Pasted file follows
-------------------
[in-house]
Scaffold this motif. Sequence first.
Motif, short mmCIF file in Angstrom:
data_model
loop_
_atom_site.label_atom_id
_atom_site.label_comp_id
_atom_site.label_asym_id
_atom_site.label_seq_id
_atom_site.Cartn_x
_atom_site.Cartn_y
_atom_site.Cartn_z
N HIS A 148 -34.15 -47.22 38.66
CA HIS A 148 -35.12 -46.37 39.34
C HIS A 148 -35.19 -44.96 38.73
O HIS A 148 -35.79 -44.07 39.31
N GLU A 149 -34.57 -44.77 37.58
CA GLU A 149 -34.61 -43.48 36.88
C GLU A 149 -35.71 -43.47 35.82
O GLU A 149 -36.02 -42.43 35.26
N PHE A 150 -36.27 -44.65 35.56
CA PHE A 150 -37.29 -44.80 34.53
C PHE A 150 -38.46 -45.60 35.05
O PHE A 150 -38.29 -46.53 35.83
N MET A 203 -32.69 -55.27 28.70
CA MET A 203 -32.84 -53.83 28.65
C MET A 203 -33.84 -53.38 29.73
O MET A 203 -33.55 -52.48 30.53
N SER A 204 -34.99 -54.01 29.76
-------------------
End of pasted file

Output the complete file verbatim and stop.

[in-house]
Scaffold this motif. Sequence first.
Motif, short mmCIF file in Angstrom:
data_model
loop_
_atom_site.label_atom_id
_atom_site.label_comp_id
_atom_site.label_asym_id
_atom_site.label_seq_id
_atom_site.Cartn_x
_atom_site.Cartn_y
_atom_site.Cartn_z
N HIS A 148 -34.15 -47.22 38.66
CA HIS A 148 -35.12 -46.37 39.34
C HIS A 148 -35.19 -44.96 38.73
O HIS A 148 -35.79 -44.07 39.31
N GLU A 149 -34.57 -44.77 37.58
CA GLU A 149 -34.61 -43.48 36.88
C GLU A 149 -35.71 -43.47 35.82
O GLU A 149 -36.02 -42.43 35.26
N PHE A 150 -36.27 -44.65 35.56
CA PHE A 150 -37.29 -44.80 34.53
C PHE A 150 -38.46 -45.60 35.05
O PHE A 150 -38.29 -46.53 35.83
N MET A 203 -32.69 -55.27 28.70
CA MET A 203 -32.84 -53.83 28.65
C MET A 203 -33.84 -53.38 29.73
O MET A 203 -33.55 -52.48 30.53
N SER A 204 -34.99 -54.01 29.76